7. The Bible values business as something that is good—a means of providing for one’s family and serving others (Proverbs 31:10-31, esp. vv. 18-22). When we put together the first six principles, along with this one, it appears that though the Bible calls persons to give from their property to help those in need in ways that truly help them and do not hurt them (Lev. 19:9-10; Mt. 25:35-40; Acts 5:4-5; 20:35), it is not positive toward the forced redistribution of wealth that would be part of socialism or communism, and that would eventually hurt individuals, families, and a nation since it runs counter to how God has created people and the world to function best.

There is much more we could say, but hopefully a picture is emerging in our minds. What we believe about work, economics, and how we go about helping the poor (and even how a nation is taxed) are not biblically or morally neutral issues. They truly matter. I would argue that to the degree we follow these principles in our work and economic philosophies in a nation, we will benefit the society as a whole and individuals in particular. To the degree we leave behind these truths, we will weaken our economy and hurt individuals, as well as families.

No doubt, these are subjects we will return to again and again. But for now, if they are something you desire to look into further, I would encourage two resources:
1. The Poverty Of Nations (By Wayne Grudem and Barry Asmus): Jointly written by a theologian and an economist, this book deals with how countries can pursue greater wealth and prosperity for their citizenry—based upon what the Bible teaches and what economic research has uncovered. The desire of the book is help us not merely aid the poor by giving them things once they are poor, but rather to lift them out of poverty so they do not have to live off charity.

2. Business For The Glory Of God (by Wayne Grudem). This book deals with the Bible’s teaching about business.  Contrary to what some might think, the Bible is not negative toward business, even though business owners can go about their business in ways that are immoral and harmful. Business, rightly done, that provides jobs and creates wealth, is very good. It glorifies God!

Wednesday, October 12, 2016

More Work Done By Prayer

This past Sunday Delores Farlin put the following Martin Luther quote in our church bulletin to help us focus upon the importance of prayer: “More work is done by prayer than by work itself. Hours with God make minutes with [others] effective.”

I am convinced by the truth of this quote both by the teaching of the Bible and by experience. Regarding the Bible, consider Jesus’ words in John 15:5-7: “I am the vine; you are the branches. Whoever abides in me and I in him, he it is that bears much fruit, for apart from me you can do nothing…. If you abide in me, and my words abide in you, ask whatever you wish, and it will be done for you.” It is only as we trust in Jesus Christ that we can do anything of eternal significance and much of this comes through prayer. This is also made clear in John 15:16, as Jesus sets forth the two parallel purposes for calling his disciples: “You did not choose me, but I chose you and appointed you in order that you should go and bear fruit and that your fruit should abide, in order that whatever you ask the Father in my name, he would give it to you” (My own translation). Jesus has chosen us to bear fruit and to pray. I also take this statement to mean that part of the way to bear fruit is by praying. God’s work, in other words, comes about through prayer.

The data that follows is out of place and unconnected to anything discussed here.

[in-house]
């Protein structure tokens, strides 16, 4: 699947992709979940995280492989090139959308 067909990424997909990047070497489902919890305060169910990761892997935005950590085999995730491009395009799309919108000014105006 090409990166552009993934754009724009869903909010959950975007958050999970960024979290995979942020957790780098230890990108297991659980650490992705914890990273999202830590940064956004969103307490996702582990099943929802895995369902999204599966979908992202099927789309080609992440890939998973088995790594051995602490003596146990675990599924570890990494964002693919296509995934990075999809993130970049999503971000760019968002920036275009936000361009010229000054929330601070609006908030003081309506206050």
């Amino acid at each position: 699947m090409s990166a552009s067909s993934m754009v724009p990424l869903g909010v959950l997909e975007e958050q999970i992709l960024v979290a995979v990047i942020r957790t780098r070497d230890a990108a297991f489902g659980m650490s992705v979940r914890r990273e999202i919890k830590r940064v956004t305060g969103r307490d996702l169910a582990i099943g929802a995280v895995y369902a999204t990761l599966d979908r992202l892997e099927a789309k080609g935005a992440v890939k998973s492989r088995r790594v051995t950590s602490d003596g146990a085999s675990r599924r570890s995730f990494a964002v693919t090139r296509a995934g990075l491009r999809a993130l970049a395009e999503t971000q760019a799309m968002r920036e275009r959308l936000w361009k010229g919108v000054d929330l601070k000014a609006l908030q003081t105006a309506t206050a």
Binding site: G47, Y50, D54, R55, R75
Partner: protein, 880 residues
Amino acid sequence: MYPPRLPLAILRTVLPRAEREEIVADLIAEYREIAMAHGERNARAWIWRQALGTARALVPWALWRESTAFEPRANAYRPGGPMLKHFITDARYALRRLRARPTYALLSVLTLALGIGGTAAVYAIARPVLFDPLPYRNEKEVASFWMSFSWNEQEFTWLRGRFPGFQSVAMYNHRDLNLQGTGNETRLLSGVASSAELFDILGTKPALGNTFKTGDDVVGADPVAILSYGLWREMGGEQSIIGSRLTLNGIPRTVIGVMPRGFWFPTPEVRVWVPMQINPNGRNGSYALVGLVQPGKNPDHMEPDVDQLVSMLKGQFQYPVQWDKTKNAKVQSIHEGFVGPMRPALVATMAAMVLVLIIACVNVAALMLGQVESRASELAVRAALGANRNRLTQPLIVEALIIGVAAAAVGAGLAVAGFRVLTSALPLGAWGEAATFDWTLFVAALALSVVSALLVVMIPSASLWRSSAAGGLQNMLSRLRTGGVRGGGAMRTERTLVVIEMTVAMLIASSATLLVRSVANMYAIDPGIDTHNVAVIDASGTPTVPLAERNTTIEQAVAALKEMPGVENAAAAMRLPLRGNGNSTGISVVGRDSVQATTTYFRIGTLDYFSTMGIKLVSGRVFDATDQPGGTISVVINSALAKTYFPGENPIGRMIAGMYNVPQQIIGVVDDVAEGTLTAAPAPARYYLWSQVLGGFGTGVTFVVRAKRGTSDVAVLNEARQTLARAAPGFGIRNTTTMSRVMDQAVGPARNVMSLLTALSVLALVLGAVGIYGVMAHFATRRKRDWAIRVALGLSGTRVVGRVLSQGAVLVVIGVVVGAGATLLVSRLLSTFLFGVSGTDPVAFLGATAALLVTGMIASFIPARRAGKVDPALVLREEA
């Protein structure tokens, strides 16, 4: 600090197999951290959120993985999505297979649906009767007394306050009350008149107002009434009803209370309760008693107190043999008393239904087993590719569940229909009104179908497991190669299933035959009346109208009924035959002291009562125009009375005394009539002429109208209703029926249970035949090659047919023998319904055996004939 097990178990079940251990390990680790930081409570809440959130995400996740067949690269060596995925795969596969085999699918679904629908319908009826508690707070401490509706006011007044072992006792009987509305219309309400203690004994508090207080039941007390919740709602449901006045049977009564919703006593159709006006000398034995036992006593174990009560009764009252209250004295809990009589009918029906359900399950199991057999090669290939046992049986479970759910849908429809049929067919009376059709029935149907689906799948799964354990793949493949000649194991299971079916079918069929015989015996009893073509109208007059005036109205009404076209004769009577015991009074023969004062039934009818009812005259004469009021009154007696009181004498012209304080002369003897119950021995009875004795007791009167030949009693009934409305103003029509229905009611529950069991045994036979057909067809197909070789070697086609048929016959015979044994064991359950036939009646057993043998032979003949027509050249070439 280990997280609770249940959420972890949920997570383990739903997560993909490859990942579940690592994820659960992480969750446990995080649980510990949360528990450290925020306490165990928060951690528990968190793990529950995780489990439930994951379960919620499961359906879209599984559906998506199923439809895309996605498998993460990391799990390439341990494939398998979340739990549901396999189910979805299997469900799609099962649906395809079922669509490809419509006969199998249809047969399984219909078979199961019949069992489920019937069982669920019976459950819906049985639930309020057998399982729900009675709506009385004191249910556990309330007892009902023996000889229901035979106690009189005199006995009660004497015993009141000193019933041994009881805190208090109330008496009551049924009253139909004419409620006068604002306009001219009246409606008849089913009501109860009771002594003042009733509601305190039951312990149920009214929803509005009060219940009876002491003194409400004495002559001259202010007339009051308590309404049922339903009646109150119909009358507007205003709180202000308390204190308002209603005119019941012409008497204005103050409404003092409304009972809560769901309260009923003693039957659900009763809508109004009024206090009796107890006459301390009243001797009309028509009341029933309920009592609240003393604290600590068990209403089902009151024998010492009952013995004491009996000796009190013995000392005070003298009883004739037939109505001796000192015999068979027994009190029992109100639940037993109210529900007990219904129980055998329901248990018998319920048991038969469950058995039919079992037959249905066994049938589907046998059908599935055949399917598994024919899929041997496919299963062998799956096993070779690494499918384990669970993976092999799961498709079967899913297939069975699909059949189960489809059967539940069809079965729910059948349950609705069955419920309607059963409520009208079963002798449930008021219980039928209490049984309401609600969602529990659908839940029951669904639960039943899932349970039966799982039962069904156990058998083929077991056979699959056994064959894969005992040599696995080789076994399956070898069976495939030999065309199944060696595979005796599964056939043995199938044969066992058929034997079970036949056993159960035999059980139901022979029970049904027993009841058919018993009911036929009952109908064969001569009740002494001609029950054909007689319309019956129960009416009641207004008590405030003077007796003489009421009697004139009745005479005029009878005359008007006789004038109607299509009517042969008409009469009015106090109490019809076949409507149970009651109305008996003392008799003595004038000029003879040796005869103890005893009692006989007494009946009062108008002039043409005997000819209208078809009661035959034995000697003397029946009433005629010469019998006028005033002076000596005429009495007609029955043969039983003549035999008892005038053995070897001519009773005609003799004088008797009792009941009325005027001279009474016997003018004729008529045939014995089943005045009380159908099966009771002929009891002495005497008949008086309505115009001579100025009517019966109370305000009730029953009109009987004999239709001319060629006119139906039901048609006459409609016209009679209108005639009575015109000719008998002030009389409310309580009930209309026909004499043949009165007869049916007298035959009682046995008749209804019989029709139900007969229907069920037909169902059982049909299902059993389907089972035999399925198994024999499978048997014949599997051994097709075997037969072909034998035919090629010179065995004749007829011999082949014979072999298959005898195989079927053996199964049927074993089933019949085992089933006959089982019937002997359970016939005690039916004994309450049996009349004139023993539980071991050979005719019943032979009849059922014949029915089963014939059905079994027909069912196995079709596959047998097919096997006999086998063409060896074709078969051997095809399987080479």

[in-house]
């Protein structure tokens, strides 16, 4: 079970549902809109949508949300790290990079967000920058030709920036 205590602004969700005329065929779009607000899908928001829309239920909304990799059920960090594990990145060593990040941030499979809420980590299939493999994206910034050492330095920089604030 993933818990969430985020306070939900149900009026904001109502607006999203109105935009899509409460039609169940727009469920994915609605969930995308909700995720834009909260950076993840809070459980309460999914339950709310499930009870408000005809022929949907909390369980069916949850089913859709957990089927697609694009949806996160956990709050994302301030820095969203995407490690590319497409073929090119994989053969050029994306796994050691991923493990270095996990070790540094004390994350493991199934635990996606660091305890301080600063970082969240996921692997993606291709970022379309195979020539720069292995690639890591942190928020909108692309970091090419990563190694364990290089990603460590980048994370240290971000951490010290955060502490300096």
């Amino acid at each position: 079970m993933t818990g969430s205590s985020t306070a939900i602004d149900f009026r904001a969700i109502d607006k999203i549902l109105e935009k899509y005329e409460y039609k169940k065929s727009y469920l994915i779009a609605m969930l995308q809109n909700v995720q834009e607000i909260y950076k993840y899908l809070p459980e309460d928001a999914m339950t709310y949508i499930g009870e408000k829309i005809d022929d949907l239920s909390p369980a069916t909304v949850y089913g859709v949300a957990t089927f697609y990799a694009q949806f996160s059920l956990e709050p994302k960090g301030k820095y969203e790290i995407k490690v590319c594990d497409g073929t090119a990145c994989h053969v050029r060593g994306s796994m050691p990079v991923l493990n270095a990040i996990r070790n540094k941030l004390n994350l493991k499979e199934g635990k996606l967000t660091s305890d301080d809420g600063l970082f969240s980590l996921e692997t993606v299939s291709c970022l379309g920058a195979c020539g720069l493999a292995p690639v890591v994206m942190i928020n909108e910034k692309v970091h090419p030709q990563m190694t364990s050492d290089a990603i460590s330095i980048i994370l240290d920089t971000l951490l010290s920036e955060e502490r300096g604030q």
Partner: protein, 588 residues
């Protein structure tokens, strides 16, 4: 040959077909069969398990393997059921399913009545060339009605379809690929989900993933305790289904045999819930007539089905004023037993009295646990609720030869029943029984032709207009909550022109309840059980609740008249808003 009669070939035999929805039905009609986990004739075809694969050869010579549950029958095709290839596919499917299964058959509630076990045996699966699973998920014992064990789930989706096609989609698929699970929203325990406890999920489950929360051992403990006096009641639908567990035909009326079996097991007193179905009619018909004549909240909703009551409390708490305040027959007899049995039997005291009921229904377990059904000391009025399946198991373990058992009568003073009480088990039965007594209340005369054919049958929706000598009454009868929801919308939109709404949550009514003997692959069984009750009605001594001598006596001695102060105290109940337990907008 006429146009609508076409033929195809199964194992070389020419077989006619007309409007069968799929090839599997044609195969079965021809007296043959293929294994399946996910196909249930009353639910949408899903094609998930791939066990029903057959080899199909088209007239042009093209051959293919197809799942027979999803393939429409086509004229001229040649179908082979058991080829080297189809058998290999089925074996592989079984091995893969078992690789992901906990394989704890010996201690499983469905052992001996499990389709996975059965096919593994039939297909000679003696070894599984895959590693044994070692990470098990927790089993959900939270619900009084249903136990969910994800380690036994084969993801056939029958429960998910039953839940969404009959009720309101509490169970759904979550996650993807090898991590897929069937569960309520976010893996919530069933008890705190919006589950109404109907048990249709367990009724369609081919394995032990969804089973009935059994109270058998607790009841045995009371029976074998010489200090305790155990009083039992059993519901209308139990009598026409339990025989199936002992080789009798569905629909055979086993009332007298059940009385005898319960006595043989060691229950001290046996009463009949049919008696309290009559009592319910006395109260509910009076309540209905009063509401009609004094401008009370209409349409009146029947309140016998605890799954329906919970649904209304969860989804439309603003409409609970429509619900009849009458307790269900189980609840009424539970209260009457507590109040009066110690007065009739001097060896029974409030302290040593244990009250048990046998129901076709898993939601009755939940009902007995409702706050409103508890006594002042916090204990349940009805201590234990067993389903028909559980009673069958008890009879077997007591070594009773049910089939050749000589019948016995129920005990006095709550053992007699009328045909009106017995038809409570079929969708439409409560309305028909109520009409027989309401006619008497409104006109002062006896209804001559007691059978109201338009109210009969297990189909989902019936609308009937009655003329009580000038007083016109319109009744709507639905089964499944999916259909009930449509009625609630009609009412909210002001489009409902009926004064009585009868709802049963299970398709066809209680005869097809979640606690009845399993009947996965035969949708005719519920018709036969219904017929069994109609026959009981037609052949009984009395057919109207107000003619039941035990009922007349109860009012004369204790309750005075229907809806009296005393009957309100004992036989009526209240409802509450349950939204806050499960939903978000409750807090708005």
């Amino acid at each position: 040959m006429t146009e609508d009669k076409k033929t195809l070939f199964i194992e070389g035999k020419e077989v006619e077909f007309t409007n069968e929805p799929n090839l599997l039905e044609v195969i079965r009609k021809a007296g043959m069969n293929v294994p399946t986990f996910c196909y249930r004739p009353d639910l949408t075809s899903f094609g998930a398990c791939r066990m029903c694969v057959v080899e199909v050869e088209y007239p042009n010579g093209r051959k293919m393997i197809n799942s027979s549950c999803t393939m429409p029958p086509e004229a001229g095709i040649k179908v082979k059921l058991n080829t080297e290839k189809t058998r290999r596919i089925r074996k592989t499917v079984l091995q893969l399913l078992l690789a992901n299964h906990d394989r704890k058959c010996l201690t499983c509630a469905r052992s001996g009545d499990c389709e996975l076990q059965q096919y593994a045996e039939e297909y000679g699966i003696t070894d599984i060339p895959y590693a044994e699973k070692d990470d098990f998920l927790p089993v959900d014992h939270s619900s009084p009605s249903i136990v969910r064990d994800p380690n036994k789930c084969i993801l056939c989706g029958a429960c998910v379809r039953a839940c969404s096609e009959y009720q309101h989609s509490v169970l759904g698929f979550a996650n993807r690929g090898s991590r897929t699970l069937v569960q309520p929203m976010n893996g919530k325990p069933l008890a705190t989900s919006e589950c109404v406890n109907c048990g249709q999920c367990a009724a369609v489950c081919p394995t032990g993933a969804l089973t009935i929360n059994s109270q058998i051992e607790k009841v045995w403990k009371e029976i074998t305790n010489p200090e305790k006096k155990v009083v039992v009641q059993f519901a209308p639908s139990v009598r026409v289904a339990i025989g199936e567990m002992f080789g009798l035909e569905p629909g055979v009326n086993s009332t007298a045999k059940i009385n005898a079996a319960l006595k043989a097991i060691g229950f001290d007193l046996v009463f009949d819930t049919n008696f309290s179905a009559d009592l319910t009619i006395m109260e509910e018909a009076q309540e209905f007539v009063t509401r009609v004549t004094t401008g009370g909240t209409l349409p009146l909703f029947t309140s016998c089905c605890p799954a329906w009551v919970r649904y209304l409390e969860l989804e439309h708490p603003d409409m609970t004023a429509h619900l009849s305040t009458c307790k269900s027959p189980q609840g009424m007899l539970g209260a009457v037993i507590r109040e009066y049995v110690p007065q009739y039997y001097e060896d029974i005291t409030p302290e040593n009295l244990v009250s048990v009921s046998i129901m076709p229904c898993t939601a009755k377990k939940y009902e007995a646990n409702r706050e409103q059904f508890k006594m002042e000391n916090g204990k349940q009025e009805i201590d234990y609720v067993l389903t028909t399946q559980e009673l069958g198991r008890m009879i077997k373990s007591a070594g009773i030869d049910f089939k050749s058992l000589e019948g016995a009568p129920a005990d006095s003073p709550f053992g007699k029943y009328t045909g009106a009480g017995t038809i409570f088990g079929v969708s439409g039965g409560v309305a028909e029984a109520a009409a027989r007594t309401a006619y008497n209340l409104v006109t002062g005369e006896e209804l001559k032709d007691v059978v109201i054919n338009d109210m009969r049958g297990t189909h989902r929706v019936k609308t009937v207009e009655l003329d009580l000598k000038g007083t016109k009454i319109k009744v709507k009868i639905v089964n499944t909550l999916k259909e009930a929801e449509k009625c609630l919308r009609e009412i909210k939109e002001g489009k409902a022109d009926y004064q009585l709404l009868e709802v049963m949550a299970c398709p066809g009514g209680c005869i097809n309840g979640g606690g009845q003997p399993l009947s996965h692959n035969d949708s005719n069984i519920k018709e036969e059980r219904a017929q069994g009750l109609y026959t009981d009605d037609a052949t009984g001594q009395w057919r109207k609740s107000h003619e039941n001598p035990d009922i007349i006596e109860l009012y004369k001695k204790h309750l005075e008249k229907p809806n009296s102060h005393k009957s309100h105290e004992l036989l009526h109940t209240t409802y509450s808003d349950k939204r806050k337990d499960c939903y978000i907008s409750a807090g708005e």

Since it is true that more effective work is done when we pray, how might we pray that God can and will do his work through us? Let me draw your attention to Colossians 4:2-6 as a guide:
Continue steadfastly in prayer, being watchful in it with thanksgiving. At the same time, pray also for us, that God may open to us a door for the word, to declare the mystery of Christ, on account of which I am in prison— that I may make it clear, which is how I ought to speak. Walk in wisdom toward outsiders, making the best use of the time. Let your speech always be gracious, seasoned with salt, so that you may know how you ought to answer each person.

Not only does Paul call us to continual and persistent prayer, but suggests nine powerful requests to pray:

1. Ask God to help you and others to watch for how you can express Christ’s love and bear testimony to him: “Continue steadfastly in prayer, being watchful in it….”

2. As you see God work, give thanks to him, for this not only honors him, but also directs your heart to keep pursuing his good gifts: “with thanksgiving.”

3. Ask God to give you and others opportunities to tell others about Jesus: “At the same time, pray also for us, that God may open to us a door for the word, to declare the mystery of Christ, on account of which I am in prison.”

4. Ask God to help you and others to make the gospel clear to others so they can understand it and pray that others will understand it: “that I may make it clear, which is how I ought to speak.

5. Ask God to help you and others operate in wisdom (that is, with godly skill) toward people who are not Christians as we interact with them: “Walk in wisdom toward outsiders….”

6. Ask God to help you and others, in the midst of our busy schedules, to make good use of time as we interact with people—that we would be effective and fruitful in our relationships: “making the best use of the time.

7. Ask God to help you and others to have hearts that produce speech and conduct that oozes with God’s unmerited, saving, transforming power and grace—speech and conduct that builds others up in Christ: “Let your speech always be gracious….”

8. Ask God to help you and others to make others thirsty for Jesus Christ as you work with them, recreate with them, eat with them, interact with them, and meet them in passing: “Let your speech always be… seasoned with salt….”

9. Ask God to help you and others to know how to interact with all kinds of people so that they might be interested in and drawn to Jesus Christ.